Curbio, which renovates homes and gets paid at closing, was one of 14 contestants to compete in a “Pitch Battle” hosted by Second Century Ventures.

The verdict is in: Presale renovation startup Curbio is taking home a $15,000 cash prize from the National Association of Realtors‘ second annual Investment, Opportunity & Innovation (iOi) Summit Thursday.

Curbio, which renovates homes for sellers and gets paid at closing, was one of 14 contestants to go head-to-head in a “Pitch Battle” hosted by NAR’s for-profit investment subsidiary, Second Century Ventures.

The contenders — eight women and six men — were each on stage for eight, visibly nerve-wracking minutes: four to present their product using slides and four to get grilled by industry judges, as conference attendees and thousands of livestream viewers looked on.

“Our goal with this competition is to identify and showcase concepts poised to help drive the real estate industry forward,” said NAR CEO Bob Goldberg in a statement.

Rikki Rogers, Curbio’s vice president of marketing, delivered the startup’s pitch on stage.

“We let every homeowner flip their own property and cash in on their most important asset,” she told attendees. “We renovate homes before they go on the market so they sell for the best possible price. And we wait until settlement to get paid. Whether the home sells in six days or six months, the cost to the seller is the same and Curbio is paid for our work at closing through the proceeds of the sale.”

Asked by the judges what happens if the sellers decide not to sell the home after it’s renovated, Rogers said it was a “love it or list it” type of situation. Sellers agree to put the home up for sale within a week of the renovation’s completion and to reduce the list price of the home by 2 percent every 30 days the home is not under contract.

“That makes us the bad guy. Agents love that,” she said.

If the sellers decide they don’t want to sell, all they have to do is pay for the work with no penalty, Rogers added.

The seller must have signed a listing agreement with an agent before Curbio will begin its work, Rogers said. Curbio then partners with the agent to determine which renovations will actually increase the value of the home and to guide the sellers in that direction.

“The beauty of combining our renovation expertise with the agent’s market expertise is that we have kind of a powerful argument to show the seller here’s how much money you can make if you just invest it now,” Rogers said.

When one judge asked if a seller could demand to renovate to their taste, by say, buying a purple toilet, Rogers replied, “We would say, ‘No, you cannot buy that purple toilet,'” prompting some laughter from the crowd.

“We have the toilet picked out already,” she continued. “Preselected materials. We have different ranges for different types of properties.”

Curbio is a member of this year’s class in NAR’s tech accelerator, REACH, as are three of the other contestants: RateMyAgent, reConsortia and Staging & Design Network. Earlier this month, Curbio announced it had raised $7 million in Series A funding led by real estate tech-focused venture funds Camber Creek and Brick and Mortar. The round brought Curbio’s total funding to $13.6 million so far.

The 13 other finalists focused on various aspects of the residential and commercial real estate industries, including ways to make co-ownership simpler, track referrals, securely send earnest money and provide amenities in new and existing buildings:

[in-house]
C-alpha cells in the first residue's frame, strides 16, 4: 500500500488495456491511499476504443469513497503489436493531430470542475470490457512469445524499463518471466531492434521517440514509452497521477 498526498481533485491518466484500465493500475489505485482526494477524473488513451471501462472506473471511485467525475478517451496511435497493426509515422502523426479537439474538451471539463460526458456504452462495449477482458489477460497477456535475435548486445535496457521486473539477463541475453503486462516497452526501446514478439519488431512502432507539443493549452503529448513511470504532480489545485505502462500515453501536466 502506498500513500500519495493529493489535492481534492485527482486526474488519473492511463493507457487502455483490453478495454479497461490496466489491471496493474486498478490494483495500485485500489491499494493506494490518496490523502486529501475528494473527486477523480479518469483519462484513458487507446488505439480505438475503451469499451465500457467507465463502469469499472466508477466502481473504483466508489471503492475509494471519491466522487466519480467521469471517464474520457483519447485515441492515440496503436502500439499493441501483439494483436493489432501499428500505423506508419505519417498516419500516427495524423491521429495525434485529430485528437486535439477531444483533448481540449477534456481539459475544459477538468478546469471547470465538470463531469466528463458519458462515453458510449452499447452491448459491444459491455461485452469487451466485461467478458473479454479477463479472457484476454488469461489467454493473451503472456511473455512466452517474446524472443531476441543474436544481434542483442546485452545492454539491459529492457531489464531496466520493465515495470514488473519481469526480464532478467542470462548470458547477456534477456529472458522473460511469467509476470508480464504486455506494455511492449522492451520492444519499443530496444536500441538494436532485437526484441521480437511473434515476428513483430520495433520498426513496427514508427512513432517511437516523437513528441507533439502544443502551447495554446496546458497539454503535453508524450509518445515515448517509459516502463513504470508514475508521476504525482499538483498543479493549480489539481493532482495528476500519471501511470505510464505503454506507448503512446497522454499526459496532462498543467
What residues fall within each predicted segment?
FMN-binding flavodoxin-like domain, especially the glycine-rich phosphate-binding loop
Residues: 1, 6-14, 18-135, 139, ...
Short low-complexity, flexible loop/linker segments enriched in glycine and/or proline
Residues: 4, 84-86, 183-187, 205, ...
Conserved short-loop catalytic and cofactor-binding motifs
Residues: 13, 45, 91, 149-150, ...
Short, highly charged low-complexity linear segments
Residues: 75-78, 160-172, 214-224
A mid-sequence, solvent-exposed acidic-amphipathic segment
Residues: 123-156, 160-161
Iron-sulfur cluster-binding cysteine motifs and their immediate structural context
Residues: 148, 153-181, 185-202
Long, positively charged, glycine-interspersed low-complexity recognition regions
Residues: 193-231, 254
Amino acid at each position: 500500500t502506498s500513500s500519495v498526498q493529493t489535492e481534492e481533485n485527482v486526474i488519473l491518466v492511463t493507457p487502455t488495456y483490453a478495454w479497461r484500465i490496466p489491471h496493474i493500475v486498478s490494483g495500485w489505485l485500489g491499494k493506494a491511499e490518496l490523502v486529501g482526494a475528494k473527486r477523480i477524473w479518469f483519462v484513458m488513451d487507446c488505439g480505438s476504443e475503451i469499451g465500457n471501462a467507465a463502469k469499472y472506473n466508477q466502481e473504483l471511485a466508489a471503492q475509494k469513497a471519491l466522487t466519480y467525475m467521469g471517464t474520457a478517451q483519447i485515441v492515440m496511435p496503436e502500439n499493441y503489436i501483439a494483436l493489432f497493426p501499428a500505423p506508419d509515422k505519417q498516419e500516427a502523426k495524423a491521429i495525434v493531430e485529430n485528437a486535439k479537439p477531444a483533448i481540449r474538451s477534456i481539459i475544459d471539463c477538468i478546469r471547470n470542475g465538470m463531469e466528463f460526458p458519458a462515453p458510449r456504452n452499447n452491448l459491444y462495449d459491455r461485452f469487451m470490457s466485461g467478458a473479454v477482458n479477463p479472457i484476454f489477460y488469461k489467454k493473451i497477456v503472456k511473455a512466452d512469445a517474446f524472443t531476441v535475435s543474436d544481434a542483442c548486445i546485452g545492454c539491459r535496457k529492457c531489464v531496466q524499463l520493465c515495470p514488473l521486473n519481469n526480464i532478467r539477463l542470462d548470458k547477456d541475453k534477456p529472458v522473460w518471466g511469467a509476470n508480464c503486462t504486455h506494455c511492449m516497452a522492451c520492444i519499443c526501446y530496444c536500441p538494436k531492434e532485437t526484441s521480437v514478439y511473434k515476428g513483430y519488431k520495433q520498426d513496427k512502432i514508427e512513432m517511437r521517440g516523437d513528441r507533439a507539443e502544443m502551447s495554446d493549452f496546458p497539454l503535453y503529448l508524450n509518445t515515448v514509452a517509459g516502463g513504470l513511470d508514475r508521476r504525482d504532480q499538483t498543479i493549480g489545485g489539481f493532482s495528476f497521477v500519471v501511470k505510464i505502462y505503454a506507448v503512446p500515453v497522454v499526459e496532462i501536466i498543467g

• Cher: a network for people that want to co-own properties
  • Coeo: a firm that matches people with commercial spaces that meet their amenity needs
  • CRESimple: an “intelligent” platform for commercial real estate lending
  • Digs: an app that contributes to a homebuyer’s down payment
  • Earnnest: a digital platform that allows buyers to securely transfer earnest money
  • Go Figure: a mobile app for general contractors that includes a measurement and proposal tool
  • Homebot: a digital tool that agents and lenders can use to help homeowners manage their housing wealth
  • Likely.AI: a precision marketing tool that predicts likely sellers
  • LulaFit: a company that partners with developers to offer tenants desired amenities
  • Propy: a real estate transaction platform powered by blockchain that SCV has invested in
  • RateMyAgent: a platform that allows agents to collect reviews and easily share them online
  • reConsortia: a platform that tracks real estate referrals using blockchain
  • Staging & Design Network: a shared rental pool of furnishings for professional home stagers

The competition was emceed by Chris Smith of Curaytor and the judges were Morgan Carey, CEO and founder of Real Estate Webmasters; Chelsea Goyer, former vice president of partner programs and MLS relations at Redfin; Alex Lange, CEO of Upstream; Dino Vendetti, managing director at Seven Peaks Ventures; and Marilyn Wilson, founding partner of WAV Group.

Aside from the cash prize, Curbio will also receive:

  • A 10×10 booth at the 2019 Realtors Conference & Expo on Nov. 8-11, 2019 in San Francisco (a $3,700 value)
  • A live demonstration from the theater in the NAR booth at the 2019 Realtors Conference & Expo
  • An online article post-event featured by Realtor Magazine
  • Article post-event featured by RISMedia
  • Opportunity to present the prize check during the presentation ceremony to the winner of iOi Pitch Battle 2020
  • Opportunity to meet with an executive team member from SCV
  • Opportunity to attend an advisory session in September 2019 with iOi Summit’s program director on “How to Exhibit like a Pro — Converting Leads into Relationships”

On-demand photo-editing service BoxBrownie won the iOi pitch battle last year.

Email Andrea V. Brambila.

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